We must obtain your authorization prior to using or disclosing any of your health information for marketing purposes unless such marketing communications take the form of face-to-face communications we may make with individuals or promotional gifts of nominal value that we may provide. If such marketing involves financial payment to us from a third party your authorization must also include consent to such payment.
Sale of health information
We do not currently sell or plan to sell your health information and we must seek your authorization prior to doing so.
Although we do not create or maintain psychotherapy notes on our patients, we are required to notify you that we generally must obtain your authorization prior to using or disclosing any such notes.
To assist our visitors who are visually impaired or blind, our website is compatible with screen reading software.
This site was built using code compliant with W3C standards for HTML and CSS. Standards-compliant code means that the site displays correctly in current browsers and ensures that it will display correctly in future browsers.
With the exception of decorative imagery, all non-text content presented to the user has a text alternative that serves the equivalent purpose. Screen readers can then present this alternate information to the user in place of the image.
We use ARIA landmarks to identify regions of the page allowing those with screen readers to jump to different sections of the page.
Skip to Main Content
Our pages all contain a skip to main content link allowing users to jump directly to the page’s main content, avoiding the header content from being read aloud repeatedly.
Our forms have the proper markup to associate labels with their form controls, making it easier for screen readers to present the form information to the user.
Headings and Lists
We use the proper markup for headings and lists, i.e. h1-h6 and ol, ul and dl for lists. Heading markup will allow assistive technologies to present the heading status of text to a user. A screen reader can recognize the code and announce the text as a heading with its level, beep or provide some other auditory indicator. Some assistive technologies allow users to navigate from list to list or item to item.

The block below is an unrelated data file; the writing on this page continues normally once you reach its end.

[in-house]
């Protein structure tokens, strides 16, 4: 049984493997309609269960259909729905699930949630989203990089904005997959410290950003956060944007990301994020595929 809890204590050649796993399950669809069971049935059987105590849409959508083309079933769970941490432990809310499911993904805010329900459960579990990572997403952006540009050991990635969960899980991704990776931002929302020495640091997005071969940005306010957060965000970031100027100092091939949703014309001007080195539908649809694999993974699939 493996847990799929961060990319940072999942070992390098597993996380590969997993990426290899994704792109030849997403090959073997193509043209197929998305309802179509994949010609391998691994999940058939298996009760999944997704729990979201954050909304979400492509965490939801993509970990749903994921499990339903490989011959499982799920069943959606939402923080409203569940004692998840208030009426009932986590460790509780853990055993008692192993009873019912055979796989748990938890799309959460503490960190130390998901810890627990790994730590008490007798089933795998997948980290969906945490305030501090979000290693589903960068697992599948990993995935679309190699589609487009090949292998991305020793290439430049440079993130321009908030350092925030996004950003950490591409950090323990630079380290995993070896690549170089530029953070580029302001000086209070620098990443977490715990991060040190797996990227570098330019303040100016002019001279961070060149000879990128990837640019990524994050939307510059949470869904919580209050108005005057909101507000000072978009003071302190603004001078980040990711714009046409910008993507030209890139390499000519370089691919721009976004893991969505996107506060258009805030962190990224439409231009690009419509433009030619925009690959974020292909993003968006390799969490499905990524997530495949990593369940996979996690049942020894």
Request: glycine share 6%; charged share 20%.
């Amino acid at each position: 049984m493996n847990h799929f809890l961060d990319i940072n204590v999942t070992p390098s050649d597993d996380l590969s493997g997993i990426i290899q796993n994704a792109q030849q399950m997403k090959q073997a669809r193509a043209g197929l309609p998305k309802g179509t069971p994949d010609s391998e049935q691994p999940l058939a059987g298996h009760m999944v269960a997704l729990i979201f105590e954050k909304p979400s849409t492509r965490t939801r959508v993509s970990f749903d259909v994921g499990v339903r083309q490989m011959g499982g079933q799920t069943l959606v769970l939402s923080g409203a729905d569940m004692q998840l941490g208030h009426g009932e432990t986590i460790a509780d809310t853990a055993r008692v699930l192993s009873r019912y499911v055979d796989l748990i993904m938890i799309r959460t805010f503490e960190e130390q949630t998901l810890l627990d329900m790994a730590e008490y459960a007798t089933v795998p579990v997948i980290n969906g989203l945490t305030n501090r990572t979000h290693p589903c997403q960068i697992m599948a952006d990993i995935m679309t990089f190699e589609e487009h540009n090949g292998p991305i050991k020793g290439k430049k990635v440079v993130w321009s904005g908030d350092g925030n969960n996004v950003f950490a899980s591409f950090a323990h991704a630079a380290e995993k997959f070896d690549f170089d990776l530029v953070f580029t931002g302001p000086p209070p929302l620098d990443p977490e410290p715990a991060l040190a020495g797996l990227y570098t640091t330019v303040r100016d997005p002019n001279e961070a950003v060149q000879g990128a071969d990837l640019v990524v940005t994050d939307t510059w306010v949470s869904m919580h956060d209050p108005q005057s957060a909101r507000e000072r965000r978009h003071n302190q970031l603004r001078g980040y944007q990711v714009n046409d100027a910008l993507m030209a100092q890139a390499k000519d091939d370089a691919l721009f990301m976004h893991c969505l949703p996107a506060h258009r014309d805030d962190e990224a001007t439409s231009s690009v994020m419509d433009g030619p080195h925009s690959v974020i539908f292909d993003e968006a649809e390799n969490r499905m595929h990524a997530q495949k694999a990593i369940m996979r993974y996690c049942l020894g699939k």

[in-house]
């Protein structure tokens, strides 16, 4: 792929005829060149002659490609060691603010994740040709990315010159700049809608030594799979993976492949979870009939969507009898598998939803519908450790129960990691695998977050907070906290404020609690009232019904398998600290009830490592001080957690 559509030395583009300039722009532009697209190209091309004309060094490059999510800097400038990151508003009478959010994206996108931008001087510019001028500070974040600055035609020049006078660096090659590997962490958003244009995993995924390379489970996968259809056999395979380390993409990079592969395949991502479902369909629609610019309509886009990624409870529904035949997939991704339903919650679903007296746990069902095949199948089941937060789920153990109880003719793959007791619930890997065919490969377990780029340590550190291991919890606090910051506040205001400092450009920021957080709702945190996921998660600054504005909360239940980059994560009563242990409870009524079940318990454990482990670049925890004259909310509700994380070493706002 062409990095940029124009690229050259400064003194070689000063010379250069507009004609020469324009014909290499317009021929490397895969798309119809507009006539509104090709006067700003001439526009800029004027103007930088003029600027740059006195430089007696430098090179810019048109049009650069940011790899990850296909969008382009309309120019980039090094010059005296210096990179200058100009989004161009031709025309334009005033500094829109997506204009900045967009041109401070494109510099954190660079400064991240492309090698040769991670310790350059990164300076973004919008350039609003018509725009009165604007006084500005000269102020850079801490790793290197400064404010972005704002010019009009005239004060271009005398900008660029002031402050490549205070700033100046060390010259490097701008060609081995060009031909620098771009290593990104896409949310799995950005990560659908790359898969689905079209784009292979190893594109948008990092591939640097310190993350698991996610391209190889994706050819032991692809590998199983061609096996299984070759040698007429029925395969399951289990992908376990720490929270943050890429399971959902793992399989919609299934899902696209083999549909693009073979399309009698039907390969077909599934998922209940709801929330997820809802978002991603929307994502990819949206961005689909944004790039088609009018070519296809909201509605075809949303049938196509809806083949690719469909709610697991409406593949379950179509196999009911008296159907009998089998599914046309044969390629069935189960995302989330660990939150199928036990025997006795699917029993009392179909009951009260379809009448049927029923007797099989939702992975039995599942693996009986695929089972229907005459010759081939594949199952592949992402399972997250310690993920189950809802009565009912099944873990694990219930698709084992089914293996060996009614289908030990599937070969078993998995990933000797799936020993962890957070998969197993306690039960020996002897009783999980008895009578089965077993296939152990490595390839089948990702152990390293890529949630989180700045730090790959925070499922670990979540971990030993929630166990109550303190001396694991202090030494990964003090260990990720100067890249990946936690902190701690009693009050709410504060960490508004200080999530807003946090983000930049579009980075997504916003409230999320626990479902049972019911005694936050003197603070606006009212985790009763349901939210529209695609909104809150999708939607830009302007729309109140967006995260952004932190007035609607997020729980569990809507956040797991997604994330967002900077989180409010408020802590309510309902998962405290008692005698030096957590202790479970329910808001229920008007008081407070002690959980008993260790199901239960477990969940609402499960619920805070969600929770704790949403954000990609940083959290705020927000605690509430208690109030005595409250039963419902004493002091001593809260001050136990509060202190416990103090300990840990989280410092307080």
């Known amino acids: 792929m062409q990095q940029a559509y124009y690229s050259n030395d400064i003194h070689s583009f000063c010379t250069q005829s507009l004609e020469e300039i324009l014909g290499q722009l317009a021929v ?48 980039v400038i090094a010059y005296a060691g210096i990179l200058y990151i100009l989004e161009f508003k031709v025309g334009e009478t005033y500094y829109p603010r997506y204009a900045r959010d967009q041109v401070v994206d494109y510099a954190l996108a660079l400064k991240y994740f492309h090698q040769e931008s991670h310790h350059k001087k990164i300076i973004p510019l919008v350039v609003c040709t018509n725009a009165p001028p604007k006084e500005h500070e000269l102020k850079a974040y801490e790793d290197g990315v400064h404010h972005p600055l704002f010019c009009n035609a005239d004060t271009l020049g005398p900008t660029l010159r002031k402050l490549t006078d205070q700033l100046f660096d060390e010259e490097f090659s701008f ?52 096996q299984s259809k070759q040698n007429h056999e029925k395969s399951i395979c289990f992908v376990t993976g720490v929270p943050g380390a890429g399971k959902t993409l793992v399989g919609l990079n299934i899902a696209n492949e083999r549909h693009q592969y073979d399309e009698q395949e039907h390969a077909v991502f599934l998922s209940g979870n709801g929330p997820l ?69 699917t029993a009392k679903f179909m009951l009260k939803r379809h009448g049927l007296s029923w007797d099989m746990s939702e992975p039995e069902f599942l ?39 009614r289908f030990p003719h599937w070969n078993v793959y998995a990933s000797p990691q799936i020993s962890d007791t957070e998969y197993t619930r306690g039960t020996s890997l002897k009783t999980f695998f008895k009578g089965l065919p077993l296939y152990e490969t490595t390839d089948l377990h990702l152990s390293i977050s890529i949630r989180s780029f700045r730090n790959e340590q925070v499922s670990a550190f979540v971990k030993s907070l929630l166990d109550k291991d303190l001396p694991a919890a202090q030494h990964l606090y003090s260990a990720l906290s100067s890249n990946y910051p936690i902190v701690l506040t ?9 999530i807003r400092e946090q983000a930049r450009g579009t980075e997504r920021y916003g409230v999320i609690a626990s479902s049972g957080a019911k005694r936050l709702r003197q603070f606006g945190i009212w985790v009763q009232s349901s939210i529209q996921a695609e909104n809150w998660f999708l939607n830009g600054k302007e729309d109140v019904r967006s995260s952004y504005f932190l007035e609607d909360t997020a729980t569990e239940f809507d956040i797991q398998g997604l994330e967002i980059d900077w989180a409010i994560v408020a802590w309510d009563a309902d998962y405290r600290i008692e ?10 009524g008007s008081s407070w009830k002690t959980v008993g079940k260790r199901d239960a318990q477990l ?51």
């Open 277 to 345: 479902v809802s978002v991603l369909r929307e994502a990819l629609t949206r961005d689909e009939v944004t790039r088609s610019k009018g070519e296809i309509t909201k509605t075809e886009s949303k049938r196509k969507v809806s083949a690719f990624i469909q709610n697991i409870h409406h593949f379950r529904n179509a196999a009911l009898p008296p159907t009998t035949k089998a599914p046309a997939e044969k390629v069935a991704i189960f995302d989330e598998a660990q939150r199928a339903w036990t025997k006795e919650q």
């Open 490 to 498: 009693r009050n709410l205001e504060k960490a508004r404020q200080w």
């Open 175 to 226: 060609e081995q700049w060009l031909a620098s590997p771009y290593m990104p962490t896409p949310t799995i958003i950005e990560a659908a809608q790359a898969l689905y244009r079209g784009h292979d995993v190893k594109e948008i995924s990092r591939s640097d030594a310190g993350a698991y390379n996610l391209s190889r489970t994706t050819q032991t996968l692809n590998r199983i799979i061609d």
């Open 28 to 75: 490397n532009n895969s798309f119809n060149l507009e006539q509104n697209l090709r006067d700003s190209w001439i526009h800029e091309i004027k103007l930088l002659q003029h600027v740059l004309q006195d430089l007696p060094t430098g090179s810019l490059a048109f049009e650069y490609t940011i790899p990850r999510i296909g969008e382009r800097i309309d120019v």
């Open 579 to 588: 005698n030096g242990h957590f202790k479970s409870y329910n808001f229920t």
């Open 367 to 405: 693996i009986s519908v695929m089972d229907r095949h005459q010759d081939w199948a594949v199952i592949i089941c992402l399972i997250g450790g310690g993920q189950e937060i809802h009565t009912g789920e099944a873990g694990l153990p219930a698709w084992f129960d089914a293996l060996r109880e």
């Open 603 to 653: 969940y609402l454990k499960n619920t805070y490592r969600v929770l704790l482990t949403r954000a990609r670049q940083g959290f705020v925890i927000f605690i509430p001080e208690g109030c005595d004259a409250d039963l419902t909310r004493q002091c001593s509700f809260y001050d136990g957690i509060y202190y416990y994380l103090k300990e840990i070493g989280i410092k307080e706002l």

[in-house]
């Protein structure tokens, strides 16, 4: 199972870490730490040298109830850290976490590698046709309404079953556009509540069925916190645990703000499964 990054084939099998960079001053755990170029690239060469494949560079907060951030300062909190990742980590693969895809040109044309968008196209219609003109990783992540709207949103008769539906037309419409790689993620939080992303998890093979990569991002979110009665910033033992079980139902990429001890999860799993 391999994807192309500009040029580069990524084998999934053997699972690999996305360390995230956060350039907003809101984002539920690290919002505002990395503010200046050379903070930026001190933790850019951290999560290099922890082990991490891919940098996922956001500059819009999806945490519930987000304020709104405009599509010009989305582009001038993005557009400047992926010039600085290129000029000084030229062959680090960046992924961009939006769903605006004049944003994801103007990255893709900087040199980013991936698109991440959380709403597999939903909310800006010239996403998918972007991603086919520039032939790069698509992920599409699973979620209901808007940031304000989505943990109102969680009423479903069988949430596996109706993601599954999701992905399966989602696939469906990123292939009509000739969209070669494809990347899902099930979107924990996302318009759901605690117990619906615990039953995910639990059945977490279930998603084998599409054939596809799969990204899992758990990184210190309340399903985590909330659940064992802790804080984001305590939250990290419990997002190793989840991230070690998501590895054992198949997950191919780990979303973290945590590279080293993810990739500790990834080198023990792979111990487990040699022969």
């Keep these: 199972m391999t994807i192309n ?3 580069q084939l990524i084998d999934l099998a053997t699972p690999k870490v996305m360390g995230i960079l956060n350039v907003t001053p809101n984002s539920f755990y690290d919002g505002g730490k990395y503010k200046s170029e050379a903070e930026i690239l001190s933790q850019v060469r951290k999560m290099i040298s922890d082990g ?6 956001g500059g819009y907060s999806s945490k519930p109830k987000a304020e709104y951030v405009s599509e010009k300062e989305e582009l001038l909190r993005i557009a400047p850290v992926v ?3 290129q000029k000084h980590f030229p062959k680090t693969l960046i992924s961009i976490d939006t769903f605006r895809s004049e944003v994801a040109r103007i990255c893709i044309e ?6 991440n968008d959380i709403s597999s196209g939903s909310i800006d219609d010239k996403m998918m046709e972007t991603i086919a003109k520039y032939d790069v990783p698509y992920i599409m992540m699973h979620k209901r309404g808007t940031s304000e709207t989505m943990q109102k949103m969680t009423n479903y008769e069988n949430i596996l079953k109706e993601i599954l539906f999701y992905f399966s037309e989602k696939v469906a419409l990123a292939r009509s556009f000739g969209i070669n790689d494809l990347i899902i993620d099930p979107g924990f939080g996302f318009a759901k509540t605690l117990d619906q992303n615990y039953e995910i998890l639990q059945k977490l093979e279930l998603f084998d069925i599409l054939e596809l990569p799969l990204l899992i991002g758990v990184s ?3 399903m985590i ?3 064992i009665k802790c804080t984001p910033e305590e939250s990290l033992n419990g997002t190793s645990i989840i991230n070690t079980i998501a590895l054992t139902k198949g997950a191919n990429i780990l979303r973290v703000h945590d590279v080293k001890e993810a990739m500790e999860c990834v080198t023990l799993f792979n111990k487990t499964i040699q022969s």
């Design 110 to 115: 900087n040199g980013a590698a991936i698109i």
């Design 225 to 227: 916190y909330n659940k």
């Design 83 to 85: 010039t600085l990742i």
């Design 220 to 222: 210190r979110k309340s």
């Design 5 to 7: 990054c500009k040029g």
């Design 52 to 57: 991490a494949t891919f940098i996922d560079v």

We use CSS to control visual presentation of text. This will allow users to modify, via the user agent, the visual characteristics of the text to meet their requirement. The text characteristics include aspects such as size, color, font family, and relative placement.
Text can be resized without assistive technology up to 200 percent without loss of content or functionality.
We avoid the use of text in raster images. This allows user agents to read aloud any text on the page and apply custom style sheets to make the text more legible.
The site is designed with consideration for people unable to use a mouse. The website can be navigated using your computer’s keyboard or by using other assistive devices. All functionality of the content is operable through a keyboard interface without requiring specific timings for individual keystrokes. When all functionality of content can be operated through a keyboard or keyboard interface, it can be operated by those with no vision as well as by those who must use alternate keyboards or input devices that act as keyboard emulators like speech input software or on-screen keyboards.
Web pages do not contain anything that flashes more than three times in any one second period, or the flash is below the general flash and red flash thresholds. These effects are known to cause seizures if the flashes are bright and large enough.
Our web pages have titles that describe topic or purpose. Descriptive titles help users find content, orient themselves within it, and navigate through it. A descriptive title allows a user to easily identify what Web page they are using and to tell when the Web page has changed. The title can be used to identify the Web page without requiring users to read or interpret page content. Users can more quickly identify the content they need when accurate, descriptive titles appear in site maps or lists of search results. When descriptive titles are used within link text, they help users navigate more precisely to the content they are interested in.
More than one way is available to locate a web page within a set of web pages. We provide breadcrumbs and site maps. This makes it possible for users to locate content in a manner that best meets their needs. Users may find one technique easier or more comprehensible to use than another.
The majority of our web site components allow for highlighting by the user agent when they receive focus.
The default human language of each web page can be programmatically determined. Speech synthesizers that support multiple languages will be able to orient and adapt to the pronunciation and syntax that are specific to the language of the page, speaking the text in the appropriate accent with proper pronunciation.
When any of our components receive focus, they do not initiate a change of context, i.e. forms submitted automatically when a component receives focus, new windows launched when a component receives focus.
We have a consistent navigation across our web pages. This technique makes the placement of navigational components more predictable.
Form Input Errors
In forms, if an input error is automatically detected, the item that is in error is identified and the error is described to the user in text.
Elements have complete start and end tags, elements are nested according to their specifications, elements do not contain duplicate attributes, and any IDs are unique. Errors that are known to cause problems for assistive technologies when they are trying to parse content involve having opening and closing tags that are not used according to specification.
Write to us at:
1104 E Ohio St. Clinton MO 64735